The Indian Bustard is omnivorous, which is perhaps the right decision since it cannot be too picky in the arid and semi-arid areas it inhabits.  It feeds on insects and rodents, just as it is known to eat local fruit and seeds. Even the spiny- tailed lizard is not safe from the Indian Bustard! Since it often lives not far from fields, it is known to eat crops like millets, such as bajra, and legumes.

 Look Far, Look Near

The Indian Bustard is, metaphorically speaking, on shaky legs. Although it has the ability to fly, it is struggling to stay alive, though it was once common across the subcontinent in both India and Pakistan. It was one of the favourite birds of prey because it is large enough and due to the preference for the taste of its flesh. Sadly, that is a major reason that its numbers are feared to be down to as low as 150. The low population is a huge tragedy and cause for concern since the Indian Bustard was once a common bird. In fact, in 2011, there were 250 of these birds. Little wonder then that it is on the list of Critically Endangered species.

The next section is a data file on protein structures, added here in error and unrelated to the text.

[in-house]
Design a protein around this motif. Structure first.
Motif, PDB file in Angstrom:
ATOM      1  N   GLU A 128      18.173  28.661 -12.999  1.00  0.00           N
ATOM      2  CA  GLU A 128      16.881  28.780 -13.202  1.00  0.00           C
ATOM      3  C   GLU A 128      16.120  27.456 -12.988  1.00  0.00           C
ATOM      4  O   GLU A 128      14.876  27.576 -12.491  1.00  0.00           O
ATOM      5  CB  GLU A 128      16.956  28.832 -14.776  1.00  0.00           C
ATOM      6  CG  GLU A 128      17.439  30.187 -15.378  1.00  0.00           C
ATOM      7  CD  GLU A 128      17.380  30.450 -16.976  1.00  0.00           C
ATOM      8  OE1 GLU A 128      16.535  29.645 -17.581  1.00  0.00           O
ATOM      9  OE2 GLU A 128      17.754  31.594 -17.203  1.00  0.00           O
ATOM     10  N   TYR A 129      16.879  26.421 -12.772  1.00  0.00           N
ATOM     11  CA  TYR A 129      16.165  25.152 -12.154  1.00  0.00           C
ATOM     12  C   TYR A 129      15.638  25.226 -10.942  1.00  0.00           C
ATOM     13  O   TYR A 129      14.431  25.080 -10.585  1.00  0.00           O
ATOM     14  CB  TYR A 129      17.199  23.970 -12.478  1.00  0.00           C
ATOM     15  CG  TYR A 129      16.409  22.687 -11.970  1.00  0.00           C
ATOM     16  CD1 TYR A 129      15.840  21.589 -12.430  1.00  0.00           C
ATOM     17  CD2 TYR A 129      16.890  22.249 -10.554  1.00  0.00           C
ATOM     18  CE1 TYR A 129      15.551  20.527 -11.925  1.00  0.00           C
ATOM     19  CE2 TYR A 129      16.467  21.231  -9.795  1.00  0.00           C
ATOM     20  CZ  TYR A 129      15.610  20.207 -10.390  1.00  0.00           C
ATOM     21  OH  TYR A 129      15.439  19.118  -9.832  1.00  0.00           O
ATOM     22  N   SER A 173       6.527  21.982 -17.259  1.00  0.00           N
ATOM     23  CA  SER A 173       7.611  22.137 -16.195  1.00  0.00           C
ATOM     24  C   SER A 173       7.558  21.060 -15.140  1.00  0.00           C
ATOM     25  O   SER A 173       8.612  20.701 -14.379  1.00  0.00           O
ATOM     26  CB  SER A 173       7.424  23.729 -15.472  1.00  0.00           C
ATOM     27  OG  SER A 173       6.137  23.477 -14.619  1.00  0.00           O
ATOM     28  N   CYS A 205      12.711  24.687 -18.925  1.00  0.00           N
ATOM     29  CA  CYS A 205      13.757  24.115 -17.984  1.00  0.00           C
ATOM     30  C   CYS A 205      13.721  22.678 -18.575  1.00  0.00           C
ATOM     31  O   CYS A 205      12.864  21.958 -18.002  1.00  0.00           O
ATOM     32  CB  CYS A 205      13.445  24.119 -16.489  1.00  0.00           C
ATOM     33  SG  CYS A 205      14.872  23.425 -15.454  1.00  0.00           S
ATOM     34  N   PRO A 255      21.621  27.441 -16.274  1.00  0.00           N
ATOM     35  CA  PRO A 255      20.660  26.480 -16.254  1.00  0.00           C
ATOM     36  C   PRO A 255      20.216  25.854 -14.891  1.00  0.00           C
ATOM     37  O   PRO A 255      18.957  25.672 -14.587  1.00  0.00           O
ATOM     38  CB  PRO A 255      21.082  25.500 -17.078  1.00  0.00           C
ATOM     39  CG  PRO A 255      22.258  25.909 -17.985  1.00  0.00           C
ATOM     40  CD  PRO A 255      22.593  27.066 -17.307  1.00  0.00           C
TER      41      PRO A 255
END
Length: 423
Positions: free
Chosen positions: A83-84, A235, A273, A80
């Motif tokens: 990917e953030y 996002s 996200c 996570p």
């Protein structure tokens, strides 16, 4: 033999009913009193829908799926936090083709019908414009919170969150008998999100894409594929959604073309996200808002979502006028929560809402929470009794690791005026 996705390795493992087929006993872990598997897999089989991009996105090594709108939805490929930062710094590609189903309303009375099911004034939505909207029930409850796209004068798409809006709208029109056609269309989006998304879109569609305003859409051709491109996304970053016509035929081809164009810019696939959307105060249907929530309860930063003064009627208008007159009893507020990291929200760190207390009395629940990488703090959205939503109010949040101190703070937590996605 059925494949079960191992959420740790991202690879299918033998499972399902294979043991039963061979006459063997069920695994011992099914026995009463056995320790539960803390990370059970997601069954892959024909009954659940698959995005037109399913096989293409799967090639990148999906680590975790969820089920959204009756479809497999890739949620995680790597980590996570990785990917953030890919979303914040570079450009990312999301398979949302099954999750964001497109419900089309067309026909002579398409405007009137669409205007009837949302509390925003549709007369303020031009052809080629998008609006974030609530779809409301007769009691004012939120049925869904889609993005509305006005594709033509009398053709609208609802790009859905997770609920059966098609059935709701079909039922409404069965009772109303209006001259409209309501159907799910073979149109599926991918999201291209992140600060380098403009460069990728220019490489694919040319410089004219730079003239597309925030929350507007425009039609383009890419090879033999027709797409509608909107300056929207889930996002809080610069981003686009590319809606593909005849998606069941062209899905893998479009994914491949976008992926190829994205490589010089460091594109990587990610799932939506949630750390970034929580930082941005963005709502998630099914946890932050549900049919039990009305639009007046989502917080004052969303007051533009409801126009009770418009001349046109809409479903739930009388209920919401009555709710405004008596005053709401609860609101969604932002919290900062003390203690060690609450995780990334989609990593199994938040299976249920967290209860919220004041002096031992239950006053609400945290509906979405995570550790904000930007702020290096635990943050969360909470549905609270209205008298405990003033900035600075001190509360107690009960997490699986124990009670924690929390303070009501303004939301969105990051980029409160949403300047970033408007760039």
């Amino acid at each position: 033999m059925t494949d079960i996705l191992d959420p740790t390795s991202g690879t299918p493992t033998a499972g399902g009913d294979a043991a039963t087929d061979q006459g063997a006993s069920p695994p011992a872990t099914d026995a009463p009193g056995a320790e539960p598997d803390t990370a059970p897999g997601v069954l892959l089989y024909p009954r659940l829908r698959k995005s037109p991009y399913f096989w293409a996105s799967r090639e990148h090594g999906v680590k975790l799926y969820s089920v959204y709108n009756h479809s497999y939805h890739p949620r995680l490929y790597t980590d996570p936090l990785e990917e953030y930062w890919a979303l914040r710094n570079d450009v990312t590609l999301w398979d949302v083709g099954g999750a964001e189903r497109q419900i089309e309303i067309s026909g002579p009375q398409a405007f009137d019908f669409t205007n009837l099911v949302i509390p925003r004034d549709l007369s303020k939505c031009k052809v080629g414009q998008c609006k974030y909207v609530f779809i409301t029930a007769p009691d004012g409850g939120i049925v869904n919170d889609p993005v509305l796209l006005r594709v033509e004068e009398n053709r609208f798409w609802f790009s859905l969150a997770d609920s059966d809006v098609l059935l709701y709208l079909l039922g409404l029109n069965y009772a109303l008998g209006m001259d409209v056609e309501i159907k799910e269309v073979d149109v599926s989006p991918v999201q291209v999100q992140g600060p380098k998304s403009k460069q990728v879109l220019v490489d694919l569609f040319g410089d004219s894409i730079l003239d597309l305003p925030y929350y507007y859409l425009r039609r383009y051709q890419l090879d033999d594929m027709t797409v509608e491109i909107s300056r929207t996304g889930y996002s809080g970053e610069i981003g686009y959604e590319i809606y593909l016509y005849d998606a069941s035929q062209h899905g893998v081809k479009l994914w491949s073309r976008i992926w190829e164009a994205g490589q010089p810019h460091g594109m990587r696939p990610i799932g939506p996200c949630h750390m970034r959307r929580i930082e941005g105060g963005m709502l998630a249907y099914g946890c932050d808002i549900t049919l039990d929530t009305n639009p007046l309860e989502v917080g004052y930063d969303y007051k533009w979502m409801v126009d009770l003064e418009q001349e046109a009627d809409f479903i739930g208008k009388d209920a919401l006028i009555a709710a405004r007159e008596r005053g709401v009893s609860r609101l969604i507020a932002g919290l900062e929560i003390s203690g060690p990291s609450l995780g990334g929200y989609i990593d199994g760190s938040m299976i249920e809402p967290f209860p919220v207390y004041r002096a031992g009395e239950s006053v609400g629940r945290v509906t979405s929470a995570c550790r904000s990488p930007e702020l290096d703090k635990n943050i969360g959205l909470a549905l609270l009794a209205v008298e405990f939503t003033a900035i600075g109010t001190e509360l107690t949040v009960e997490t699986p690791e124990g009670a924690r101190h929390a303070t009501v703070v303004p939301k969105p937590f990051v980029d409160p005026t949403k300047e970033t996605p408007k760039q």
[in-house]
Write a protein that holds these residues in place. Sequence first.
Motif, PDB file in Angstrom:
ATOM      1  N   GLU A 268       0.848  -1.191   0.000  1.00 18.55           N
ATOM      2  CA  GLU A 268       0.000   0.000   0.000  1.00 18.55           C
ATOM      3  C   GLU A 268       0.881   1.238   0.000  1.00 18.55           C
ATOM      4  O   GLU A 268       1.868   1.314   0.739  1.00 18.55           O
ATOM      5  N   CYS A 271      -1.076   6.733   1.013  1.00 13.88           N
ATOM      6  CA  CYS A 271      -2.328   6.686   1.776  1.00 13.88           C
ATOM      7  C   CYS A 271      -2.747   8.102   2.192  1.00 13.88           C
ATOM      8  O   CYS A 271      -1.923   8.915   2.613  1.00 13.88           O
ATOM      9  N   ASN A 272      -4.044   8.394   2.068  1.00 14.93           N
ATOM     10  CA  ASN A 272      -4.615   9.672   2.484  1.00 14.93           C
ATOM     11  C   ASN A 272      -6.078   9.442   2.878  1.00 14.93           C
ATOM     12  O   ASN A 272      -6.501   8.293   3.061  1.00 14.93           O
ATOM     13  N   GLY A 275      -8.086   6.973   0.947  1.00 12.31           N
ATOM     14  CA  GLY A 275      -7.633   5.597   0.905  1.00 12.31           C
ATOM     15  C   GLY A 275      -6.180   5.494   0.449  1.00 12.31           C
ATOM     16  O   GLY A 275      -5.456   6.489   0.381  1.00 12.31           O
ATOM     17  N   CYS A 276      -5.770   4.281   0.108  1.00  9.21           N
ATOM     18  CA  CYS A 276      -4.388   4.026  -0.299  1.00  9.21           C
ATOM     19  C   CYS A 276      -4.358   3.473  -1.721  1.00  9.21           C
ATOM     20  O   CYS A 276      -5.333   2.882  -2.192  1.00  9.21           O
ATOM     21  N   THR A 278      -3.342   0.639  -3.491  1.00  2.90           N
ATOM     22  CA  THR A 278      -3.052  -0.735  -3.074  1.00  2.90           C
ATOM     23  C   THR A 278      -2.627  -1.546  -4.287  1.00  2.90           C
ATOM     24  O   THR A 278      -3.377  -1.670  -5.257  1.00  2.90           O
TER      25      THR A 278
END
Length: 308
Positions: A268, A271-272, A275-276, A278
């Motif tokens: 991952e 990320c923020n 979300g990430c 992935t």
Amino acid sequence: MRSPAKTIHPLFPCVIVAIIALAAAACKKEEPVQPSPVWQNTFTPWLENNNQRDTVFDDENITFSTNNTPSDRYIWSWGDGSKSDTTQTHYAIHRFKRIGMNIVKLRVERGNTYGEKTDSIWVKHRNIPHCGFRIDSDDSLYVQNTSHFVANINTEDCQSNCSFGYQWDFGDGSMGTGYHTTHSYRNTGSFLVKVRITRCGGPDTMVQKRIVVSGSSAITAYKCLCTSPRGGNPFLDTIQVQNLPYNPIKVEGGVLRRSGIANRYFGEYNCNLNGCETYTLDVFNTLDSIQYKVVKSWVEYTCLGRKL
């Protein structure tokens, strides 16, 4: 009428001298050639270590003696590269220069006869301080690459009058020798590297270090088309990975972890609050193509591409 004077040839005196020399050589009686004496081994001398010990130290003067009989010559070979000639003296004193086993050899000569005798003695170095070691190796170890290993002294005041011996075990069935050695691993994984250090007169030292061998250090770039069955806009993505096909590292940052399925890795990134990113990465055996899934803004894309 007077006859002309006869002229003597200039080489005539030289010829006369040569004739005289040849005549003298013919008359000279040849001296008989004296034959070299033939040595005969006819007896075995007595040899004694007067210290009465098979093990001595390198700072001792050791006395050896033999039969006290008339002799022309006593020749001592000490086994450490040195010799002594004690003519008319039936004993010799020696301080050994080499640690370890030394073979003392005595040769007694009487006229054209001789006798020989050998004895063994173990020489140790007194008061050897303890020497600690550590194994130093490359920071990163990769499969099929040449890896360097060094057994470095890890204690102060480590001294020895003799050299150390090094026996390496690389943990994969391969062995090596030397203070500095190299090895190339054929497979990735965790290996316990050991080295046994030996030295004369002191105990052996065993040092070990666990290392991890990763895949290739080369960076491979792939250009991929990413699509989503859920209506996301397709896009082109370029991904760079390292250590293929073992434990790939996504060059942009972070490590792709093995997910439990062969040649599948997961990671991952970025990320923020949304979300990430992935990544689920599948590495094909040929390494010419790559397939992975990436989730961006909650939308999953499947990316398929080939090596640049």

Much the Same Story

As in the case of many other species, the Indian Bustard is facing the same enemy. With the growth in human populations and ‘infrastructure’ for ‘development’, this imposing bird finds its home, which is thorny scrubland and dry grasslands with tall grass about as tall as the bird, being taken over. Hazards include roads (where it stands the risk of being run over by vehicles), power lines (where it can get electrocuted) and wind energy farms. In some places, solar energy panels have been set up in their habitat, forcing them out. Sadly, this bird has weak frontal vision and cannot see the power lines in time while it flies. Male birds pay a greater price as they fly around looking for female birds.  

The Indian Bustard does not seem to like to wet its toes because it is not seen in moist regions. So, the bird must have been rather disappointed to see major irrigation canals come up in its homestead. With water, which it does not much care for, came farmlands. The writing was on the wall. The great Indian bustard had to bow back.